Odd, thought Dan, how dressing up murder in silks and satins instead of cheap cotton made it less acceptable...
Death Makes No Distinction by Lucienne Boyce is the third book in a Dan Foster Mystery series.
The book reads well as a standalone, though I imagine it would give a deeper insight in the family and police office relationships, if you've read the previous two books.
This is my first meeting with Dan Foster, who is a Bow Street Runner.
References to his background let us understand his character better. He comes from the world of extreme poverty and squalor, his mother having to sell her body for living. If it were not for his adoptive father Paul, who brought him up and gave him a decent start in life, Dan would be on the opposite side of the law.
The Georgian London is portrayed as a city of two opposites - from the opulence of the palaces and mansions, and the world where a five hundred guineas are easily thrown away in a single bet - to the destitute squalor of the poor hovels, where a human life is worthless.
And Dan in a way is a shuttle between the two worlds. He is the man of the law, but he also understands what it is to live in the abject poverty, deprived of the basic human needs.
To him, a human death is worth investigating, whether the victim was a beggar or a grand lady.
The novel starts with a discovery of a murder victim. "A beggar woman had been found dead in the outhouse of a public house at Holborn. Such deaths were not uncommon on a cold, damp night, especially if the deceased was very young or very old".
The young woman was brutally beaten up and raped. Nobody will miss her, nobody will lament her death. She is one of the unnamed victims, a nuisance to the owner of the outhouse who claims she keeps a respectable house.
Trying to find out who might have seen or heard anything related to the murder, Dan is late to his sister-in-law's wedding. Understandably, his wife is not amused. Being married to a Bow Street Runner, she has to endure his constant absences and inconvenient hours.
Setting out to solve the murder of the beggar woman, Dan is ordered to drop the case. He is wanted to work on the case of Louise Parmeter, the lady of the demi-monde, and the former mistress of the Prince, among many others. She's been found dead in her office, and now His Highness wants the killer to be brought to justice.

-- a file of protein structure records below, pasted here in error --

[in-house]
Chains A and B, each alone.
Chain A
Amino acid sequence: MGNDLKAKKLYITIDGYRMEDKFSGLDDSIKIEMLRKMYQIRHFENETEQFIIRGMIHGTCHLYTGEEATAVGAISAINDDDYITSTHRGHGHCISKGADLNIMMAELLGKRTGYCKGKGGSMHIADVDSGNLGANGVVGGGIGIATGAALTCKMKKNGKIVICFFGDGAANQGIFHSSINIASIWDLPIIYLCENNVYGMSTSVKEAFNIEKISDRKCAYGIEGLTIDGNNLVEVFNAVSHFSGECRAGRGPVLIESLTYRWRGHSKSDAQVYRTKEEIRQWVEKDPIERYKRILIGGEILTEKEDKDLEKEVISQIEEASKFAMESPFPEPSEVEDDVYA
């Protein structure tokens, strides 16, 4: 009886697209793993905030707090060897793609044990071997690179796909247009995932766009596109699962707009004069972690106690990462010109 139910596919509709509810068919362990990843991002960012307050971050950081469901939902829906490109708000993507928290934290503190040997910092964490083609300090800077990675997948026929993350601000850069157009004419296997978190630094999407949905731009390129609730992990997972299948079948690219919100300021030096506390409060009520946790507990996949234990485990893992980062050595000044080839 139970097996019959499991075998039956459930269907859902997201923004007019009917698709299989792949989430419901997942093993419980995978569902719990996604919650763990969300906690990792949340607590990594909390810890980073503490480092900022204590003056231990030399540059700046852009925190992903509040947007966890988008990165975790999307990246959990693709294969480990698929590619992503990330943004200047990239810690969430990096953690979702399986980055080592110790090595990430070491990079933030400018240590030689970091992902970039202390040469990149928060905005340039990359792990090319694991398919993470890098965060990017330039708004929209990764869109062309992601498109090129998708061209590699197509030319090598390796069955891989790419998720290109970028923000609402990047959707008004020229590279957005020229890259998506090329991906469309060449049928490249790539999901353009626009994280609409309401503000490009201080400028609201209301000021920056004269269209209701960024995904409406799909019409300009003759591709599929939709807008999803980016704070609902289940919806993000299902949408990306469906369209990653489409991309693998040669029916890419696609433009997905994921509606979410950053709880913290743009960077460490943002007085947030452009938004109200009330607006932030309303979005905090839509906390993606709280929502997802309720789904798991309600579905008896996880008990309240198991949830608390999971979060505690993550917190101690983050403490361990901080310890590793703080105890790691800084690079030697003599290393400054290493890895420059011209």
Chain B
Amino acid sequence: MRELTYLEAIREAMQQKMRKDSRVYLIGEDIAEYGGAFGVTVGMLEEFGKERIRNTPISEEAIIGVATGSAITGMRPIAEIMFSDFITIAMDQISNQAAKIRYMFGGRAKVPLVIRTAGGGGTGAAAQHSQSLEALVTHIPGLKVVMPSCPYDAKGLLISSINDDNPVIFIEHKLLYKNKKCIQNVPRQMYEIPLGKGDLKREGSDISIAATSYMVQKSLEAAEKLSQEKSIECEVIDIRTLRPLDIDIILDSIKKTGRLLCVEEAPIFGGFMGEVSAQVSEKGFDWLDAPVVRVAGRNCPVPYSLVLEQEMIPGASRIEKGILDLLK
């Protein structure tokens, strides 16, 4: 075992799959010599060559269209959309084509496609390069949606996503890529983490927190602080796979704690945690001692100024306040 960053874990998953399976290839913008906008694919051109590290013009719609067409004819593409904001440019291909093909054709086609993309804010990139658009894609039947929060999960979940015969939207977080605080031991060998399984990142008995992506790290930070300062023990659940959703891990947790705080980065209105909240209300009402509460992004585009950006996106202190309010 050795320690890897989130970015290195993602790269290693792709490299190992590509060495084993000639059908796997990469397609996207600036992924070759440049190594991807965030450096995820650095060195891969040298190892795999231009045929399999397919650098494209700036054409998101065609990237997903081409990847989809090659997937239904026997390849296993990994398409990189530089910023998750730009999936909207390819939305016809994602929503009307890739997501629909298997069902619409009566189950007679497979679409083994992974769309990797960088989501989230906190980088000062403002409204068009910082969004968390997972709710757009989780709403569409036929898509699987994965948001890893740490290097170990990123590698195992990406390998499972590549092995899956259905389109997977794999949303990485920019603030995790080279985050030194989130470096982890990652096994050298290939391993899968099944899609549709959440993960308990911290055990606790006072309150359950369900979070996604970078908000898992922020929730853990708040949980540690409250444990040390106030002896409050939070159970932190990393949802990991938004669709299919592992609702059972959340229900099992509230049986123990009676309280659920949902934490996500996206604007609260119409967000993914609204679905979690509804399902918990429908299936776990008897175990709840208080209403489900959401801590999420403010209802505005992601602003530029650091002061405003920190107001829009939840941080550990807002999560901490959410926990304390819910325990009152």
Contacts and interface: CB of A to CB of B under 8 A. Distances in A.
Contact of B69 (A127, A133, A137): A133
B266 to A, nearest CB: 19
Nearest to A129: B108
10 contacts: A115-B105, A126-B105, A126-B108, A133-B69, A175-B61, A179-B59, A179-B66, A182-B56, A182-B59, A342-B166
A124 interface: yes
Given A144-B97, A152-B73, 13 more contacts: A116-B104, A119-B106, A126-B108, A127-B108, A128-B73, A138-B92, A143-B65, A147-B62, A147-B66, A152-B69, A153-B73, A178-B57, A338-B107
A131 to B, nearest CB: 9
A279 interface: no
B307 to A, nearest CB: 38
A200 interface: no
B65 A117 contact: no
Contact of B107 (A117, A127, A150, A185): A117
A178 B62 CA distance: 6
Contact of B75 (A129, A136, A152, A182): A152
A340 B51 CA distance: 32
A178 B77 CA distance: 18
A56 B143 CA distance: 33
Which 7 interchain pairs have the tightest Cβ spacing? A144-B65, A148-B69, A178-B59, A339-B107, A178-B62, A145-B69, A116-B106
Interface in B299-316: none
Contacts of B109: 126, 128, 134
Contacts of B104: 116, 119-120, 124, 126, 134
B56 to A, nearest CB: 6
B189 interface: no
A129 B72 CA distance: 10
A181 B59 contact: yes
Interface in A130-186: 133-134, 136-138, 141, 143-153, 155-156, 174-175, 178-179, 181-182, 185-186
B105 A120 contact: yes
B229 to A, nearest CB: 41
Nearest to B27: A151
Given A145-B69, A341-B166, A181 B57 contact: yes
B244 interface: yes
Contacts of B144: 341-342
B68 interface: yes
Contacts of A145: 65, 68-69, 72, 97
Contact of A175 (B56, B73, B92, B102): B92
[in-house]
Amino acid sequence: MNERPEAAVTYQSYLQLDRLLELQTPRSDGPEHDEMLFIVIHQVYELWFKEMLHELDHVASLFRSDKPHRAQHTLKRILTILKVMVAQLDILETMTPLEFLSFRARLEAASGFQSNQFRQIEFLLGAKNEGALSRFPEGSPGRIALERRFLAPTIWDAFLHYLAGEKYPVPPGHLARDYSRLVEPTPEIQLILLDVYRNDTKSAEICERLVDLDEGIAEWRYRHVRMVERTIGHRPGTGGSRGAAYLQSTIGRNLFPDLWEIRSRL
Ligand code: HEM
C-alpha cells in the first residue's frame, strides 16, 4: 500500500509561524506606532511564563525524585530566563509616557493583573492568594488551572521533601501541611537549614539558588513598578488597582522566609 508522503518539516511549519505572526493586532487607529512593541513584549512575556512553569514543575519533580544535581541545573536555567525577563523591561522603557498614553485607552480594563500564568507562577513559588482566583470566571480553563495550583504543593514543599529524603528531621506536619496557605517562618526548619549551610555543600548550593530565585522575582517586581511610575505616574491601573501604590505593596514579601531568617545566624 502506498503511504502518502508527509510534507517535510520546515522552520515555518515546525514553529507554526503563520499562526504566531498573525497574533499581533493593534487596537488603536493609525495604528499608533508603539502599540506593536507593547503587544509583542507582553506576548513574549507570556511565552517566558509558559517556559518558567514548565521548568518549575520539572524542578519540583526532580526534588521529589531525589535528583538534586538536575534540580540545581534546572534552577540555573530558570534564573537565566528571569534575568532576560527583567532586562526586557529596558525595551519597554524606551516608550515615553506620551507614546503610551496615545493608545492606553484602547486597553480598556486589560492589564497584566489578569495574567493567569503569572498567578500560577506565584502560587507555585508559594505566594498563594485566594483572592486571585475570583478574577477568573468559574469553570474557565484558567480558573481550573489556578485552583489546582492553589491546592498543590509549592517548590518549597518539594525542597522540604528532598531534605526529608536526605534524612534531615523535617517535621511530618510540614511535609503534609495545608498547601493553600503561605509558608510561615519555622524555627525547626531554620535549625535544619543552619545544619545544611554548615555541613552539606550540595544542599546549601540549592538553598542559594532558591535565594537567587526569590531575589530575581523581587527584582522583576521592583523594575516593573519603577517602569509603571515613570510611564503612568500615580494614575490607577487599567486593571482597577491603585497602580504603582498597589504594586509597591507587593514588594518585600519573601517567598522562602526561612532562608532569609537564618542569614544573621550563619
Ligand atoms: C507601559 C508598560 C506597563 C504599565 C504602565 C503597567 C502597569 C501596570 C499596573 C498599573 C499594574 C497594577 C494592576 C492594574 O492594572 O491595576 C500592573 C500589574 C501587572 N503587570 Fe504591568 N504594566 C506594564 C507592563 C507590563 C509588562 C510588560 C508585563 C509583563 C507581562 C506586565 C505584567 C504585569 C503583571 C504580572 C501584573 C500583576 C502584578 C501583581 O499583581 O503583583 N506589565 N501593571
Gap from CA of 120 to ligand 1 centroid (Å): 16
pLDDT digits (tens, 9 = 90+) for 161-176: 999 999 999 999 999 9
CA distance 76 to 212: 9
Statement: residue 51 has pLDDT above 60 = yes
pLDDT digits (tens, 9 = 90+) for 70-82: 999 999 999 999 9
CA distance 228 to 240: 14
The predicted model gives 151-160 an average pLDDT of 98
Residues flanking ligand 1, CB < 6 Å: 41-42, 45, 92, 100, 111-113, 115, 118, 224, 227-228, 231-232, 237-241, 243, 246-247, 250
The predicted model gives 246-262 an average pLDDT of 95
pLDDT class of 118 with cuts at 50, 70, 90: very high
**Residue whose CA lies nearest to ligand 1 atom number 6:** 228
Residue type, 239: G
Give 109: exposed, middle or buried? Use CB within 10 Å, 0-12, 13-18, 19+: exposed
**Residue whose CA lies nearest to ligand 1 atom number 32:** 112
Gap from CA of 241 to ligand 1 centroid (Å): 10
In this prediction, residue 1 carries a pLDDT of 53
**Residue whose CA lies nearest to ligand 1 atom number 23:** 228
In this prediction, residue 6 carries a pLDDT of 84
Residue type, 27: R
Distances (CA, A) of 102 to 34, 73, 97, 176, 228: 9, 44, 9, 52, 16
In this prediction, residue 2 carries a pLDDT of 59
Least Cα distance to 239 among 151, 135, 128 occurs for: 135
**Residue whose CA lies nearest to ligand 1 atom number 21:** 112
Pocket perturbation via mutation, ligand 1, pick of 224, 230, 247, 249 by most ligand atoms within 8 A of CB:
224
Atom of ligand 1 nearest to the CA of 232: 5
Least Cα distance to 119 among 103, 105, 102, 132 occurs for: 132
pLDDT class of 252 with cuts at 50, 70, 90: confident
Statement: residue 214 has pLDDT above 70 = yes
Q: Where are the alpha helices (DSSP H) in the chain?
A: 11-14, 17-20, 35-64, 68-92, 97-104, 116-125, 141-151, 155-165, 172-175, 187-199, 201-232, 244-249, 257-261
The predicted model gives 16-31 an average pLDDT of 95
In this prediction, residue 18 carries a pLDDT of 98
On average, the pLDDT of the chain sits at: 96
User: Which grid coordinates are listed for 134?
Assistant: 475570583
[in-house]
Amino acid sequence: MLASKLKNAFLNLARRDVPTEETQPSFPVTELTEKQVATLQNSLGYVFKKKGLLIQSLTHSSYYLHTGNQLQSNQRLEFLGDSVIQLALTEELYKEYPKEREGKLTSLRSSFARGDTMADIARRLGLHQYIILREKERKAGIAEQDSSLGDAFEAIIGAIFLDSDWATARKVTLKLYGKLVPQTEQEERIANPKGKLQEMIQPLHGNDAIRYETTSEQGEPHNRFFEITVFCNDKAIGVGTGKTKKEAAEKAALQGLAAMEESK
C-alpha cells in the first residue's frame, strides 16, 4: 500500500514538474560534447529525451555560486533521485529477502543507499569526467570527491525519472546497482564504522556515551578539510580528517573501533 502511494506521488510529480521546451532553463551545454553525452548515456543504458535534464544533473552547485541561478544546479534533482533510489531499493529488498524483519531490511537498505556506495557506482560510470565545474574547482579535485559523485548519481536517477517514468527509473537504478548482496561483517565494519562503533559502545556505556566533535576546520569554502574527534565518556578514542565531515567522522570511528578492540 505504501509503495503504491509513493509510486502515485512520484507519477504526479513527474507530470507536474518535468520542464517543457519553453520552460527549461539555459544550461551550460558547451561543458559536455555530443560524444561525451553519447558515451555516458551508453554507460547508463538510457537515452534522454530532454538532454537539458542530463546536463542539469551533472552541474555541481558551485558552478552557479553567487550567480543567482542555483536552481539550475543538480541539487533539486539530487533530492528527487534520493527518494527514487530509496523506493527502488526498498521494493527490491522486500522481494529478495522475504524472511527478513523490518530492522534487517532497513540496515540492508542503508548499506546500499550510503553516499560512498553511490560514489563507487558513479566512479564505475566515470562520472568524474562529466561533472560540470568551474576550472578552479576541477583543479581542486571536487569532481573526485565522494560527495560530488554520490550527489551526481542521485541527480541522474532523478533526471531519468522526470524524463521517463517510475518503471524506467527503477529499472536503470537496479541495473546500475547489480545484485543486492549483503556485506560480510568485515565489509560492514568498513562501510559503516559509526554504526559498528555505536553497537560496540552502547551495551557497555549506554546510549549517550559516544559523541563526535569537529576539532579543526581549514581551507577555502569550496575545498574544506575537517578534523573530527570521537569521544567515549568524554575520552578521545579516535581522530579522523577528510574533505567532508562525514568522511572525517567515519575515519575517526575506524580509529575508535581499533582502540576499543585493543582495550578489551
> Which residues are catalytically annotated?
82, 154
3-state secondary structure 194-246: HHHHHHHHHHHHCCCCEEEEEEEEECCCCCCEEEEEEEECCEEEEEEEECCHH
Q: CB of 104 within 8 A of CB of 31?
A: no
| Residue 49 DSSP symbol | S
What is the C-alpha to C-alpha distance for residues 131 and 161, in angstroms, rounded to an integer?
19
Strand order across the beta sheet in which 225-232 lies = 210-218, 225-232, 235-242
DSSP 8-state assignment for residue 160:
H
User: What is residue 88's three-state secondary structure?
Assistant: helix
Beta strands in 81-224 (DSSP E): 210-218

This is not an offer Dan can refuse. His job, position and living depend on it. Apart from the actual murder, there is a mystery of the missing manuscript, which Louise Parmeter was writing. "She often said that there were many who would prefer Memoirs of Herself and Others not to be published. She used to laugh and say she was going to dedicate it to "the Lords, Generals and Politicians of Great Britain". If the missing book is published, it will cause a great deal of embarrassment "of the most delicious kind".
Dan is committed to solving both murders. His persistent inquiries ruffle many feathers, and his family is targeted by the ruthless shadowy enemy.
Death Makes No Distinction is a skilfully crafted historical mystery. The Georgian London setting is vivid and dynamic, realistically constructed and true to life.
Looking forward to catching up with the previous books in this mystery series, and to the forthcoming book no.4.
This post is part of the blog tour. Please check out the other blog reviews.
Many thanks to Lucienne Boyce, Silverwood and Rachel's Random Resources for my copy of the book!
Lucienne Boyce writes historical fiction, non-fiction and biography. After gaining an MA in English Literature in 2007, specialising in 18C fiction, she published her first historical novel, To The Fair Land, in 2012, an 18C thriller set in Bristol and the South Seas.
Her second novel, Bloodie Bones: A Dan Foster Mystery (2015) is the 1st of the Dan Foster Mysteries and follows the fortunes of a Bow Street Runner who is also an amateur pugilist.
Bloodie Bones was joint winner of the Historical Novel Society Indie Award 2016, and was also a semi-finalist for the M M Bennetts Awards for Historical Fiction 2016.
The second Dan Foster Mystery, The Butcher's Block, was published in 2017 and was awarded an IndieBrag Medallion in 2018.
Lucienne has appeared on TV and radio in connection with her fiction and non-fiction work. She regularly gives talks and leads walks about the women's suffrage movement. She also gives talks and runs workshops on historical fiction for literary festivals, Women's Institutes, local history societies and other organisations.
Lucienne is currently working on the 4th full-length Dan Foster mystery, and a biography of suffrage campaigner Millicent Browne.
You can find her on Twitter as @LucienneWrite and on Facebook at https://www.facebook.com/LucienneWriter